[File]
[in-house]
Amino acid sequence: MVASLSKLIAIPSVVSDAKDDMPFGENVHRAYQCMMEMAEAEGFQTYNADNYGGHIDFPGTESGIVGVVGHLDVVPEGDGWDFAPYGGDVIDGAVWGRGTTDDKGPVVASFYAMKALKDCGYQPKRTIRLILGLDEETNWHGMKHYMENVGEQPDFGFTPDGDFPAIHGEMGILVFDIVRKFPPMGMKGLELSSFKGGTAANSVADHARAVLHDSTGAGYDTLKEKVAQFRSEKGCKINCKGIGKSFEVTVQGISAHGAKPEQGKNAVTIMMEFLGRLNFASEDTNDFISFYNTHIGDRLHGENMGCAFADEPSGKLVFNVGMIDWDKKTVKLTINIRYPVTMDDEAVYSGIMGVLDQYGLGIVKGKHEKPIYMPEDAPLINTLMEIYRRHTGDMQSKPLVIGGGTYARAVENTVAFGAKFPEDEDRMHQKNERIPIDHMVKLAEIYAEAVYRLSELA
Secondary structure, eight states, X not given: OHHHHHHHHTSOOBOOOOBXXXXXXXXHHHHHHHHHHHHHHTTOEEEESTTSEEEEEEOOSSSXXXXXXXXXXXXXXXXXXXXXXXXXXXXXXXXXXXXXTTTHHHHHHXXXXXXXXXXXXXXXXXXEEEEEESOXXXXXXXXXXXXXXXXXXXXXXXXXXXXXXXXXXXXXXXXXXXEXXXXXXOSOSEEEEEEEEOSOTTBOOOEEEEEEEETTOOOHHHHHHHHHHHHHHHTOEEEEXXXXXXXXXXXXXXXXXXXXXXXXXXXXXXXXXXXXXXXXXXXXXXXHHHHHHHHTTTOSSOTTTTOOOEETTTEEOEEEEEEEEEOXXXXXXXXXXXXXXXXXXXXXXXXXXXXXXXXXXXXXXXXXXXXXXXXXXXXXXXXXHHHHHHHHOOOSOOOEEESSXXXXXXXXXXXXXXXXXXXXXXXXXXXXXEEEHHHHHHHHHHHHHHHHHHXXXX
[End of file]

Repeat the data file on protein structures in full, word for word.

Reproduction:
[in-house]
Amino acid sequence: MVASLSKLIAIPSVVSDAKDDMPFGENVHRAYQCMMEMAEAEGFQTYNADNYGGHIDFPGTESGIVGVVGHLDVVPEGDGWDFAPYGGDVIDGAVWGRGTTDDKGPVVASFYAMKALKDCGYQPKRTIRLILGLDEETNWHGMKHYMENVGEQPDFGFTPDGDFPAIHGEMGILVFDIVRKFPPMGMKGLELSSFKGGTAANSVADHARAVLHDSTGAGYDTLKEKVAQFRSEKGCKINCKGIGKSFEVTVQGISAHGAKPEQGKNAVTIMMEFLGRLNFASEDTNDFISFYNTHIGDRLHGENMGCAFADEPSGKLVFNVGMIDWDKKTVKLTINIRYPVTMDDEAVYSGIMGVLDQYGLGIVKGKHEKPIYMPEDAPLINTLMEIYRRHTGDMQSKPLVIGGGTYARAVENTVAFGAKFPEDEDRMHQKNERIPIDHMVKLAEIYAEAVYRLSELA
Secondary structure, eight states, X not given: OHHHHHHHHTSOOBOOOOBXXXXXXXXHHHHHHHHHHHHHHTTOEEEESTTSEEEEEEOOSSSXXXXXXXXXXXXXXXXXXXXXXXXXXXXXXXXXXXXXTTTHHHHHHXXXXXXXXXXXXXXXXXXEEEEEESOXXXXXXXXXXXXXXXXXXXXXXXXXXXXXXXXXXXXXXXXXXXEXXXXXXOSOSEEEEEEEEOSOTTBOOOEEEEEEEETTOOOHHHHHHHHHHHHHHHTOEEEEXXXXXXXXXXXXXXXXXXXXXXXXXXXXXXXXXXXXXXXXXXXXXXXHHHHHHHHTTTOSSOTTTTOOOEETTTEEOEEEEEEEEEOXXXXXXXXXXXXXXXXXXXXXXXXXXXXXXXXXXXXXXXXXXXXXXXXXXXXXXXXXHHHHHHHHOOOSOOOEEESSXXXXXXXXXXXXXXXXXXXXXXXXXXXXXEEEHHHHHHHHHHHHHHHHHHXXXX